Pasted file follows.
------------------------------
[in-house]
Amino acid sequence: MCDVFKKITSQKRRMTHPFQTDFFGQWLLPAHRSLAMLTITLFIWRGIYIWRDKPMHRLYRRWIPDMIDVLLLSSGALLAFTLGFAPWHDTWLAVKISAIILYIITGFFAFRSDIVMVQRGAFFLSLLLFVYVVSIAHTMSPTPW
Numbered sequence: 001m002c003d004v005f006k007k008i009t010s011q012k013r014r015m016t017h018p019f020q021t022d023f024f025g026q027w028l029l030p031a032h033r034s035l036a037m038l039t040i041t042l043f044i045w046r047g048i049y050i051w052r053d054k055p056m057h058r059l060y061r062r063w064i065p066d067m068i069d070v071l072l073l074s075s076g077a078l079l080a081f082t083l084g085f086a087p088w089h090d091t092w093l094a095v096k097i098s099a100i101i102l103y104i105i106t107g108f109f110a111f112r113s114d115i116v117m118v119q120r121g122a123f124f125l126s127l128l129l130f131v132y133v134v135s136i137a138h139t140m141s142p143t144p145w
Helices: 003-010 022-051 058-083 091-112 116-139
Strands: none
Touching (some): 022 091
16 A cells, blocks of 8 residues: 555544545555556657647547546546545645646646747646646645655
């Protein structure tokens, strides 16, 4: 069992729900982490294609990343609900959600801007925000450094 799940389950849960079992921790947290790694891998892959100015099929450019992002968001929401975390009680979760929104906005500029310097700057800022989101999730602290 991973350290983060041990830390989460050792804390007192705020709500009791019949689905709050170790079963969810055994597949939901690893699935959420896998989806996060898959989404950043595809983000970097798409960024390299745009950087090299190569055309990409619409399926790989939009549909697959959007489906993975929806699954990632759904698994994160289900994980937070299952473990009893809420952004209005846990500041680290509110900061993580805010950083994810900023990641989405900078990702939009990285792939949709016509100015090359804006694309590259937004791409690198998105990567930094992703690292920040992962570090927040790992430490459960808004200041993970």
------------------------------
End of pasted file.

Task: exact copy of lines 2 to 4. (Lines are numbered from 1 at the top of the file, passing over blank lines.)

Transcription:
Amino acid sequence: MCDVFKKITSQKRRMTHPFQTDFFGQWLLPAHRSLAMLTITLFIWRGIYIWRDKPMHRLYRRWIPDMIDVLLLSSGALLAFTLGFAPWHDTWLAVKISAIILYIITGFFAFRSDIVMVQRGAFFLSLLLFVYVVSIAHTMSPTPW
Numbered sequence: 001m002c003d004v005f006k007k008i009t010s011q012k013r014r015m016t017h018p019f020q021t022d023f024f025g026q027w028l029l030p031a032h033r034s035l036a037m038l039t040i041t042l043f044i045w046r047g048i049y050i051w052r053d054k055p056m057h058r059l060y061r062r063w064i065p066d067m068i069d070v071l072l073l074s075s076g077a078l079l080a081f082t083l084g085f086a087p088w089h090d091t092w093l094a095v096k097i098s099a100i101i102l103y104i105i106t107g108f109f110a111f112r113s114d115i116v117m118v119q120r121g122a123f124f125l126s127l128l129l130f131v132y133v134v135s136i137a138h139t140m141s142p143t144p145w
Helices: 003-010 022-051 058-083 091-112 116-139